Human Milk Oligosaccharides and Synthetic Galactosyloligosaccharides Contain 3’-, 4-, and 6’-Galactosyllactose and Attenuate Inflammation in Human T84, NCM-460, and H4 Cells and Intestinal Tissue Ex Vivo.
Newburg DS J Nutr. 2016 Feb;146(2):358-67.
The immature intestinal mucosa responds excessively to inflammatory insult, but human milk protects infants from intestinal inflammation. The ability of galactosyllactoses [galactosyloligosaccharides (GOS)], newly found in human milk oligosaccharides (HMOS), to suppress inflammation was not known.
OBJECTIVE: The objective was to test whether GOS can directly attenuate inflammation and to explore the components of immune signaling modulated by GOS.
METHODS: Galactosyllactose composition was measured in sequential human milk samples from days 1 through 21 of lactation and in random colostrum samples from 38 mothers. Immature [human normal fetal intestinal epithelial cell (H4)] and mature [human metastatic colonic epithelial cell (T84) and human normal colon mucosal epithelial cell (NCM-460)] enterocyte cell lines were treated with the pro-inflammatory molecules tumor necrosis factor-α (TNF-α) or interleukin-1β (IL-1β) or infected with Salmonella or Listeria. The inflammatory response was measured as induction of IL-8, monocyte chemoattractant protein 1 (MCP-1), or macrophage inflammatory protein-3α (MIP-3α) protein by ELISA and mRNA by quantitative reverse transcriptase-polymerase chain reaction. The ability of HMOS or synthetic GOS to attenuate this inflammation was tested in vitro and in immature human intestinal tissue ex vivo.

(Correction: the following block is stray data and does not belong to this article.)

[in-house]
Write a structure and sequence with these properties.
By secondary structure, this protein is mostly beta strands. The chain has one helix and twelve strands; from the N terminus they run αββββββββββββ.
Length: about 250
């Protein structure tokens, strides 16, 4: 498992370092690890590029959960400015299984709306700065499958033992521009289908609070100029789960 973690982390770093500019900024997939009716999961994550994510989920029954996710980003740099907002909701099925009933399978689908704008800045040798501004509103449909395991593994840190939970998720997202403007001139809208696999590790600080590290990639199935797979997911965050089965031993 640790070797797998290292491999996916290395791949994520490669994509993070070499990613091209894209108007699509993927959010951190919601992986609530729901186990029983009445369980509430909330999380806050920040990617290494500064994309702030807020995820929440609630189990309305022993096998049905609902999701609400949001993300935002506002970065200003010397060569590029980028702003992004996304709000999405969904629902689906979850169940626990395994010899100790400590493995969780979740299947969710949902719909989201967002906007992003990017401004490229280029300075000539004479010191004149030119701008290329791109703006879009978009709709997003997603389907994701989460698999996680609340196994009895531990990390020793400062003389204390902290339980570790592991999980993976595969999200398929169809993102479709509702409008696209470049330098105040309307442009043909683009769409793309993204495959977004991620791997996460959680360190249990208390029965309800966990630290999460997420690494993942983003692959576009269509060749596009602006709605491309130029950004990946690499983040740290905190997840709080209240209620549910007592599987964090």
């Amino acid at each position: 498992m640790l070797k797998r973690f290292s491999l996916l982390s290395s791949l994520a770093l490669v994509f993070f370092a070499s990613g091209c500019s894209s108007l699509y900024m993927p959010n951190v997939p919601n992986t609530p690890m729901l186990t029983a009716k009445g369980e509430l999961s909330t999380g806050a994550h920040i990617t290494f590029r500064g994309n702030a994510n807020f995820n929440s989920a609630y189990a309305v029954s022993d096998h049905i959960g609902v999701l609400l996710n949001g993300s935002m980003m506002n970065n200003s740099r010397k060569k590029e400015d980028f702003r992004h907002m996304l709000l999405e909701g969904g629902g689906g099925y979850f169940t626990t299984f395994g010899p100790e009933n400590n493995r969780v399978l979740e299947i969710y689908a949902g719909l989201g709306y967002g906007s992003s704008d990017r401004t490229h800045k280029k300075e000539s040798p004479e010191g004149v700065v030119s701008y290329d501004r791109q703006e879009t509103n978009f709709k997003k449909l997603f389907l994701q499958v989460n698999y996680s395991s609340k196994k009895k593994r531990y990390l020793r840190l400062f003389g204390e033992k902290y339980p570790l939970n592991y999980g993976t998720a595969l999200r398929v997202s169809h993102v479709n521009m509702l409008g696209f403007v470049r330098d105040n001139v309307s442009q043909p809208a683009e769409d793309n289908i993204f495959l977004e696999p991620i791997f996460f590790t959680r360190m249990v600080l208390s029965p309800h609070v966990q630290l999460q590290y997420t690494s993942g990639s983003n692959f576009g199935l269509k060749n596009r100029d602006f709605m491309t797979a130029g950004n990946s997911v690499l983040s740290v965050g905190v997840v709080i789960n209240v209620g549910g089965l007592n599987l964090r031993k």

RESULTS: The 3 galactosyllactoses (3’-GL, 4-GL, and 6’-GL) expressed in colostrum rapidly declined over early lactation (P < 0.05). In H4 cells, HMOS attenuated TNF-α- and IL-1β-induced expression of IL-8, MIP-3α, and MCP-1 to 48-51% and pathogen-induced IL-8 and MCP-1 to 26-30% of positive controls (P < 0.001). GOS reduced TNF-α- and IL-1β-induced inflammatory responses to 25-26% and pathogen-induced IL-8 and MCP-1 to 36-39% of positive controls (P < 0.001). GOS and HMOS mitigated nuclear translocation of nuclear transcription factor κB (NF-κB) p65. HMOS quenched the inflammatory response to Salmonella infection by immature human intestinal tissue ex vivo to 26% and by GOS to 50% of infected controls (P < 0.01).
CONCLUSION: Galactosyllactose attenuated NF-κB inflammatory signaling in human intestinal epithelial cells and in human immature intestine. Thus, galactosyllactoses are strong physiologic anti-inflammatory agents in human colostrum and early milk, contributing to innate immune modulation. The potential clinical utility of galactosyllactose warrants investigation.
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